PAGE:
The Laudato Si Action Platform calls for us to Adopt a Sustainable Lifestyle — reducing our use of resources, recycling non-biodegradable materials and reusing items rather than just throwing them away. So, who would look at the miracle of the loaves and fishes as a sustainability lesson? Franciscan Associate Kevin Elphick, that’s who.
An Environmentalism: “So That Nothing Will Be Lost”
By Kevin Elphick, Franciscan Associate
Most of us are familiar with the miracle of the loaves and fishes. Sermons on this Gospel passage often emphasize the foresight and generosity of the young boy who brought along the fish and five barley loaves. Jesus blesses the boy’s gift by giving thanks and distributing it, multiplying the loaves and fishes so that there is “as much as they wanted.” What catches my attention, however, is what Jesus directs after all have eaten their fill: “Gather up the leftover fragments so that nothing will be lost.” [John 6:12] The miracle’s abundance was so great that it “filled twelve baskets.” Even so, Jesus was concerned about the leftovers and that “nothing will be lost.”
Given that Christ could create new bread and fish from nothing, it is surprising that he is so concerned about leftovers. It speaks to Christ’s universal attentiveness. Elsewhere, Jesus reminded his listeners, “Are not five sparrows sold for two pennies? Yet not one of them is forgotten by God.” [Luke 12:7] These quotes show divine attentiveness that nothing will be lost. God is concerned that nothing be wasted.
Directing his disciples to gather up the fragments, Jesus is like an environmentalist. His directive underscores our ecological and environmental resolve. It fits with the environmental refrain to “reduce, recycle, repurpose and reuse.” It also adds a spiritual dimension to our ecological vision. We want to leave our children and grandchildren a clean and sustainable world. This alone is motivation enough. But if we see all creation as sojourning with us toward the pleroma, the totality of or fullness of the Godhead which dwells in Christ, we then hear of “a plan to bring everything together in Christ, things in heaven and things on earth.” [Ephesians 1:10] All matter, all fellow creatures then take on a sacred character in our joint pilgrimage.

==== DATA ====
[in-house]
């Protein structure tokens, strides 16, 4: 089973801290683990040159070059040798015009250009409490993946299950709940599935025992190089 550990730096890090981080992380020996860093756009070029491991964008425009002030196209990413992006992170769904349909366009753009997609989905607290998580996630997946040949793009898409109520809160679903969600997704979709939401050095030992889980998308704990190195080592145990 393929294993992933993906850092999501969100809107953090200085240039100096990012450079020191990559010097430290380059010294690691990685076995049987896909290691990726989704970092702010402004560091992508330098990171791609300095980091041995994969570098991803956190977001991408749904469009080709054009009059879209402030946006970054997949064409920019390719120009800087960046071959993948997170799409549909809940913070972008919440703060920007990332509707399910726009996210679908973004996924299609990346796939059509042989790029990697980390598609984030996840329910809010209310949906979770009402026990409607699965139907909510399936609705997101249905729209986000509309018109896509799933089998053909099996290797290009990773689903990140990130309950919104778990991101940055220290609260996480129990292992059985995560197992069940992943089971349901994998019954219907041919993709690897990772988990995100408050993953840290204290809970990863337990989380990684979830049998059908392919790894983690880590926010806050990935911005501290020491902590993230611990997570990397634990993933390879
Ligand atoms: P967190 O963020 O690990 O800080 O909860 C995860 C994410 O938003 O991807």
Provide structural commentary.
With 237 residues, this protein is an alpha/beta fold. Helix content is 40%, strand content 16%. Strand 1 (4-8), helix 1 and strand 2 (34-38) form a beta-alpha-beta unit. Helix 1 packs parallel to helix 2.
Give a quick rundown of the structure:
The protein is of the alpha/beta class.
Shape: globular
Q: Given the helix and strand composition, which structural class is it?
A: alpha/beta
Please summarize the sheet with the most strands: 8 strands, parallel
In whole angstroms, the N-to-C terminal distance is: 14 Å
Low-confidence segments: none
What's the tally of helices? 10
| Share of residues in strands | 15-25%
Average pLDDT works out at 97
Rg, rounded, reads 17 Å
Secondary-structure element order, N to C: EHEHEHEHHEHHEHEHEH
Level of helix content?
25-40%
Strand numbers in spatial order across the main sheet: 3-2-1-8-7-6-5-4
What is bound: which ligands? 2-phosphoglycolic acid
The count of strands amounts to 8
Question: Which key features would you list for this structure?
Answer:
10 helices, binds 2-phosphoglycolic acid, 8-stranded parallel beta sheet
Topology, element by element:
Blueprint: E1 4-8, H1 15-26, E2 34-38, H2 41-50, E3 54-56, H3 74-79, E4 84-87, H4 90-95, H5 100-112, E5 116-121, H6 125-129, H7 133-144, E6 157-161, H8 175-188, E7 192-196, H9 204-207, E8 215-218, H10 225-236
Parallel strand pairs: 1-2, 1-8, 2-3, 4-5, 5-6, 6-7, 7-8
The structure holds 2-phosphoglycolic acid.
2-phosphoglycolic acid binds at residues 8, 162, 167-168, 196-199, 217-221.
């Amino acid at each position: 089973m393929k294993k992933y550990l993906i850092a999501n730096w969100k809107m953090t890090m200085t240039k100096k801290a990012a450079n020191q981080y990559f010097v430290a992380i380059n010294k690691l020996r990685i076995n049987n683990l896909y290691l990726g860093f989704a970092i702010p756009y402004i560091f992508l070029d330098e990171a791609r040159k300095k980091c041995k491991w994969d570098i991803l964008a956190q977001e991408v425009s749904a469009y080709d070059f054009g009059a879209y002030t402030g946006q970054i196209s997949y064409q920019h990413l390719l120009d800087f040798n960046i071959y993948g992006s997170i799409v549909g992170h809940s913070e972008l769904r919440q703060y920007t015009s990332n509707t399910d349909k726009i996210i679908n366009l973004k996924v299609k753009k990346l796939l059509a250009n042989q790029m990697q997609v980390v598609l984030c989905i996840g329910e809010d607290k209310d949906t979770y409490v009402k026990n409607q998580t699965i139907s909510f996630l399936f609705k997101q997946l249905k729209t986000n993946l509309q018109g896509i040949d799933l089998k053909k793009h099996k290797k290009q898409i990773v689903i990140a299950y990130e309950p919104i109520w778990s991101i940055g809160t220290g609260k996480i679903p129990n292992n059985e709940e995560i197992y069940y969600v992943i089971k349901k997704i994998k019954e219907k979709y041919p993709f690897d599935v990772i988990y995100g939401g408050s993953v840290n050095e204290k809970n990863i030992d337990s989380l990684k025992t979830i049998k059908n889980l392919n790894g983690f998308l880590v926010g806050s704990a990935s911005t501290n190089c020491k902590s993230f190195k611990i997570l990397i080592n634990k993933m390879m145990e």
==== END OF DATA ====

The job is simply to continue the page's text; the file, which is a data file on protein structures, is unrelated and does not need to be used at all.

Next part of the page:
So, listen again to the feeding of the five thousand. Jesus speaks his exhortation “that nothing will be lost” to us today. Endangered and vanishing species and melting ice glaciers must be preserved and treasured. Our environmentalism should protect people living in poverty because “the gravest effects of all attacks on the environment are suffered by the poorest.” [Laudato Sí] Like Jesus’ disciples on that mountainside, we are charged to gather the fragments so that nothing is lost to us or future generations.
What are we being called to gather up in the baskets of our lives so that nothing will be lost? Are we being called to recycle more conscientiously what otherwise might clog landfills? Are you thinking about composting your parings and vegetable waste? Will you grow milkweed plants so that Monarch butterflies have sustenance and habitat to prevent their disappearance as a species? Or might you donate to environmental and conservation efforts? As a 21st-century disciple of Christ, what are you gathering up in your basket so that nothing will be lost?
How to be sustainable without leaving home
There are actions everyone can take to have a more sustainable lifestyle, even when you live in an apartment or a senior living center. Try these five easy-to-do recommendations:
- Don’t like the way your water tastes? Don’t buy bottled water — get a water filter for a pitcher instead.
- Get off the junk mail lists! Try these resources for eliminating catalogs, credit card offers, and other junk mail.
- When you leave your room, apartment or house, turn off all the lights and power down your computer.
- Don’t use a plastic shower curtain; opt for organic shower curtains that can be washed instead.
- Flushing toilets use lots of water. If you put an upright glass jar in your toilet tank, you’ll save up to a quart of water with every flush.
Our thanks to Steve Brown Apartments for the tips! stevebrownapts.com